syphilis
  • Syphilis is an infectious disease caused by bacteria called Treponema Pallidum. It is usually transmitted through unprotected sex. The disease progresses in stages and can lead to severe complications. It usually begins as a painless ulcer in the genital area, mouth, or other body organ. In advanced stages of the disease, it can cause serious damage to the heart and brain. However, when the disease is diagnosed early, it can be treated relatively easily with antibiotics.

    The stages of the disease are:
    The first sign of the disease are painless ulcers in the site of infection ("Chancre"). The ulcer can appear on the genitals or around/inside the mouth and are very contagious. They can infect anyone with whom the person have close contact (usually during sex). The ulcers disappear within 2-6 weeks.
     
     
    chancre
     
     
    The second stage include skin rash and sore throat. These symptoms usually disappear within a few weeks. After the disappearance of the symptoms of the second stage, the disease enters a latent (hidden) period that can last for years. During this period the disease is not manifested by any symptoms.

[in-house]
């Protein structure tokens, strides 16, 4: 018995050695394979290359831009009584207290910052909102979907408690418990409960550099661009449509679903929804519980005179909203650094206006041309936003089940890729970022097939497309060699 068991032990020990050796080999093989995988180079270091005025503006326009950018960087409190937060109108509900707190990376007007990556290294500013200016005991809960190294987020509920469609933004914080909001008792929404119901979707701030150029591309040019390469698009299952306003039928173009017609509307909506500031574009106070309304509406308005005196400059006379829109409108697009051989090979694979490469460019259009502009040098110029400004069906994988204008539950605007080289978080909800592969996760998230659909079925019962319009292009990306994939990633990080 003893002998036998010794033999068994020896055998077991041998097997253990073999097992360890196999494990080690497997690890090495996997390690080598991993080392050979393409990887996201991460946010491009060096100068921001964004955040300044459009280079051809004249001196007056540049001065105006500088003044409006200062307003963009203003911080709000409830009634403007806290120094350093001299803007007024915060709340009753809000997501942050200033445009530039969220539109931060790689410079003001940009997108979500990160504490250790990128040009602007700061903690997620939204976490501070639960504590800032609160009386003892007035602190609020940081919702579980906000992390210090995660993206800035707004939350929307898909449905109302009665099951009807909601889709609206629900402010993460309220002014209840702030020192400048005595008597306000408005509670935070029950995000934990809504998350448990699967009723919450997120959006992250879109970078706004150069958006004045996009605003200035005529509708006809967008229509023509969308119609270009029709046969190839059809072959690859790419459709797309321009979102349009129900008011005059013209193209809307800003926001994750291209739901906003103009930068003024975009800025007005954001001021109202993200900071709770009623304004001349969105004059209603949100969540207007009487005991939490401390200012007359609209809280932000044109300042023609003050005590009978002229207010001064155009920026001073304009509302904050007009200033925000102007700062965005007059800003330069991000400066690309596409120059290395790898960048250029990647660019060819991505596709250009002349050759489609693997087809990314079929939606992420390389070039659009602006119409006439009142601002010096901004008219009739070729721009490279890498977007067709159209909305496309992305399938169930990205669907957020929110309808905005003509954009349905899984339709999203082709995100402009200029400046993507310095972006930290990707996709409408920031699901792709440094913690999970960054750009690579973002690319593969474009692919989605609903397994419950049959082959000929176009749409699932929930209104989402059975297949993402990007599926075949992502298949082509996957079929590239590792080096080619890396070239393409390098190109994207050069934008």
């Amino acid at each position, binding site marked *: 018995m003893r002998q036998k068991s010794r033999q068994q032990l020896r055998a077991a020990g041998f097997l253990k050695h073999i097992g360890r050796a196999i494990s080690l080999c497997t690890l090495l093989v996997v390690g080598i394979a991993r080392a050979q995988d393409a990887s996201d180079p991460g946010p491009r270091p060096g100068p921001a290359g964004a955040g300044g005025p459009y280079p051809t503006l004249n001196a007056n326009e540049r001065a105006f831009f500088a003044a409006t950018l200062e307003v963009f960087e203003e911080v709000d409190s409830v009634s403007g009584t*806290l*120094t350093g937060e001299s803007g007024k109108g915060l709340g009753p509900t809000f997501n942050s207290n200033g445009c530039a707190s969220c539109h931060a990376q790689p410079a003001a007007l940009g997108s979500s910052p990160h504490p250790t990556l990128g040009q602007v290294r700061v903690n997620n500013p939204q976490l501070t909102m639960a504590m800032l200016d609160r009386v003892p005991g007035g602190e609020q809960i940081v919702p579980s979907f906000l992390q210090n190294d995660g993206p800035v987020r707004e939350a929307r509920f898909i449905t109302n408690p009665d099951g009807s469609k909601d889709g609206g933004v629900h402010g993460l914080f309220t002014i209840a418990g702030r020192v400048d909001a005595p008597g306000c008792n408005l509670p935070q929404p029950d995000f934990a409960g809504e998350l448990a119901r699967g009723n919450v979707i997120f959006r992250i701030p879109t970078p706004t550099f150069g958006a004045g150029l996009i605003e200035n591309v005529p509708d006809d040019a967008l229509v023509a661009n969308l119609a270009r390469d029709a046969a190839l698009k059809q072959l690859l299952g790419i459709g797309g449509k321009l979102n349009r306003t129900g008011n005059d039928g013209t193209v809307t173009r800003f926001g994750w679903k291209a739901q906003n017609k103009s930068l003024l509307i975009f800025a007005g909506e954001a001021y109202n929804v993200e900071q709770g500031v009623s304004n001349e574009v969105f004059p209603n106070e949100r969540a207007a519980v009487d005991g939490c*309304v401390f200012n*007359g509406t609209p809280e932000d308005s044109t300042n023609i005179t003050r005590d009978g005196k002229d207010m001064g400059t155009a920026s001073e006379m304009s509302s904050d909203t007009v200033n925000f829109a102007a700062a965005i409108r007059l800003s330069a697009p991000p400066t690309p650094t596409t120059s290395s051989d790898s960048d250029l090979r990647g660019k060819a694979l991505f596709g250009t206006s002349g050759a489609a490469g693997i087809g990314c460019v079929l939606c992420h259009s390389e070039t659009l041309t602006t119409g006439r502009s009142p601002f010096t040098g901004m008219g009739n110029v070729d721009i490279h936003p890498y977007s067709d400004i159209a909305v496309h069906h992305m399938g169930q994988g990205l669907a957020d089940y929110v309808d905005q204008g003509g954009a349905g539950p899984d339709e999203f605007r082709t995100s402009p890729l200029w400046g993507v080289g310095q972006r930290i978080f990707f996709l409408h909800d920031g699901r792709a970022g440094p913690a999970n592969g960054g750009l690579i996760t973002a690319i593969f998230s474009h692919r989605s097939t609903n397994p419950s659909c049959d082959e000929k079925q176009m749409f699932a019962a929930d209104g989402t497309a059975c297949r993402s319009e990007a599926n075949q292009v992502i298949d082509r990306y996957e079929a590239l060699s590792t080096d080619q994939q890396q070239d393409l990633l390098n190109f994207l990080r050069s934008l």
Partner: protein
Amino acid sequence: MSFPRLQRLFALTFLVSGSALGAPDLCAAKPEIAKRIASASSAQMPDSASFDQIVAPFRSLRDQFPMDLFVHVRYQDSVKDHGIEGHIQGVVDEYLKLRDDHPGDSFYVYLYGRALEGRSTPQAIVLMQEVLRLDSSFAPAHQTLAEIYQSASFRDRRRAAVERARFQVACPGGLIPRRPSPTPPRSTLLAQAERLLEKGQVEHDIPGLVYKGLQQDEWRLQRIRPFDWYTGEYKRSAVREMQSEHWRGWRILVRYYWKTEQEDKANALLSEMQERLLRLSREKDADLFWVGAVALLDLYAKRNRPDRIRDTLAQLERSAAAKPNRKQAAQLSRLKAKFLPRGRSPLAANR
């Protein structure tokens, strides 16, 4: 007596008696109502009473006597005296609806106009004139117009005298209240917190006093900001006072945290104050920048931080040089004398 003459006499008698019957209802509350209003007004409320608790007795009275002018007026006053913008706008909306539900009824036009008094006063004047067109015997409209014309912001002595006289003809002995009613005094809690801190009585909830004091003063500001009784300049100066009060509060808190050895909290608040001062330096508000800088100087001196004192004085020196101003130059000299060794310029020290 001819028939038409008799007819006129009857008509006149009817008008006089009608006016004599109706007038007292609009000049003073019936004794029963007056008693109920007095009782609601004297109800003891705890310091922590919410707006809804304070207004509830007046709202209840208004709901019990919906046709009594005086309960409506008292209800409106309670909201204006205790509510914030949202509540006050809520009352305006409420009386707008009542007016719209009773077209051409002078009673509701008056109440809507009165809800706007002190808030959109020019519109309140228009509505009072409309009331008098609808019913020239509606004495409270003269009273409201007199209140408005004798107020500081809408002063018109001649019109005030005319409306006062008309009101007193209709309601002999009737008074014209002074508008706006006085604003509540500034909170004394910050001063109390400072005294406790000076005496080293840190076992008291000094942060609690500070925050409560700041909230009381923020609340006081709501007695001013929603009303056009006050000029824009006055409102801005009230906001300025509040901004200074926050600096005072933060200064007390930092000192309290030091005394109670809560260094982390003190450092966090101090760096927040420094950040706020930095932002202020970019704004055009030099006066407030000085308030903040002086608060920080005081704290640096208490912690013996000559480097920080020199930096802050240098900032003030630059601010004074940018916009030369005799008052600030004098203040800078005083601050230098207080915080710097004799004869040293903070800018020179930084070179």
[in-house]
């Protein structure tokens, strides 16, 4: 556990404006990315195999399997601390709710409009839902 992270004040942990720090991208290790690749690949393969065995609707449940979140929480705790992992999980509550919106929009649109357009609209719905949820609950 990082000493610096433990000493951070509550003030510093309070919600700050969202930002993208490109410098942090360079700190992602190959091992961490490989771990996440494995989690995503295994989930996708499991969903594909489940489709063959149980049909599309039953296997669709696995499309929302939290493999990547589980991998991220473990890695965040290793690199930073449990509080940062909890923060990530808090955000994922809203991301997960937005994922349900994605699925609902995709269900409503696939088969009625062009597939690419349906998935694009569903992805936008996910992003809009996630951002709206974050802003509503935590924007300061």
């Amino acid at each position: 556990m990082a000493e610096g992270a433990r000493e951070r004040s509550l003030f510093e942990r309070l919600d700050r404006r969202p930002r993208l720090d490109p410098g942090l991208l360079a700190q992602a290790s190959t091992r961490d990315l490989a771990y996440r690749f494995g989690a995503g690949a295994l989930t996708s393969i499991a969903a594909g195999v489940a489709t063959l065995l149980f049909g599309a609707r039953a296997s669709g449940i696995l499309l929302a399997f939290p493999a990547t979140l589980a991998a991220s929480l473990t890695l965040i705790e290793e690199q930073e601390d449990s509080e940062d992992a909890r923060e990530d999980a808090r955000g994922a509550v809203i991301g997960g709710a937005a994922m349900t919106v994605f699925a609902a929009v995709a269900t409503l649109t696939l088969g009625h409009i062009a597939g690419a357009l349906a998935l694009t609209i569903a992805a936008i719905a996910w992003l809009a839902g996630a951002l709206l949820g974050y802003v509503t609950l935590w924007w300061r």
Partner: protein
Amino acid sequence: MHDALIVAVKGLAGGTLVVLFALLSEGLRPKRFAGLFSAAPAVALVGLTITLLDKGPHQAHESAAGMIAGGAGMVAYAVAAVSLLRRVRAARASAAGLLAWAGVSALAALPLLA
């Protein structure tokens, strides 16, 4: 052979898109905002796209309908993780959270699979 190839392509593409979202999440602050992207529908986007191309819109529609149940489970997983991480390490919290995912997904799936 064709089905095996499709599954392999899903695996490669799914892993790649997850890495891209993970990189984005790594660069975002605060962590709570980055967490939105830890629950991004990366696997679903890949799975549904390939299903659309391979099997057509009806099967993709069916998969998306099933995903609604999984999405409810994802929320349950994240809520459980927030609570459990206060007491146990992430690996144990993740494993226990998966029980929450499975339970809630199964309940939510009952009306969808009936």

The third and most dangerous phase begins at the end of the latent period. At this stage the disease might involve the nervous system (brain and spine) and other organs.
     
    The course of the disease
    If the disease is diagnosed early, it can be easily treated with antibiotics, usually penicillin. If the disease is not diagnosed and treated, it can deteriorate into a serious and dangerous disease and cause conditions such as stroke, paralysis, vision and death.
    Incidence
    The number of new cases of the disease has been rising since 2000. Almost two-thirds of the new cases are in men who have sex with men. The prevalence of the disease is also on the rise in young women.
    In 2007, the Israeli Ministry of Health reported an alert of a syphilis outbreak, due to the increasing numbers of infected individuals among men who have sex with men, some of whom are HIV positive.